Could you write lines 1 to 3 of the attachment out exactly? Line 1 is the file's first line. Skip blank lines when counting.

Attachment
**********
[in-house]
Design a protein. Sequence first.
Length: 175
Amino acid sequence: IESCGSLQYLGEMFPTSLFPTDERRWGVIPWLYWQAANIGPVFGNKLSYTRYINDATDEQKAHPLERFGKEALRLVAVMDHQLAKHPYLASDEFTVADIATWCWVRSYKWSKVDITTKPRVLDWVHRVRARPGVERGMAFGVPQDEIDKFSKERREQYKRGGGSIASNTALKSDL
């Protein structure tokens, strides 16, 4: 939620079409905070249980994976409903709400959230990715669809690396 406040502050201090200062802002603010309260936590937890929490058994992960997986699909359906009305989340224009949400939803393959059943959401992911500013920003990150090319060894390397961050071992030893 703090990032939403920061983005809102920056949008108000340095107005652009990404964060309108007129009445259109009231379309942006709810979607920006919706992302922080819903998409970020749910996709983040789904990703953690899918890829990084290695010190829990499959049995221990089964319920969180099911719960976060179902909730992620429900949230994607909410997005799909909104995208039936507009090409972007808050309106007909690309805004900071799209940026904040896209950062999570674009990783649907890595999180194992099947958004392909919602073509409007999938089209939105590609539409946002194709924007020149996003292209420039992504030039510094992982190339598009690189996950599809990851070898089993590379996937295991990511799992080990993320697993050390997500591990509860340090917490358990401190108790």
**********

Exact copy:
[in-house]
Design a protein. Sequence first.
Length: 175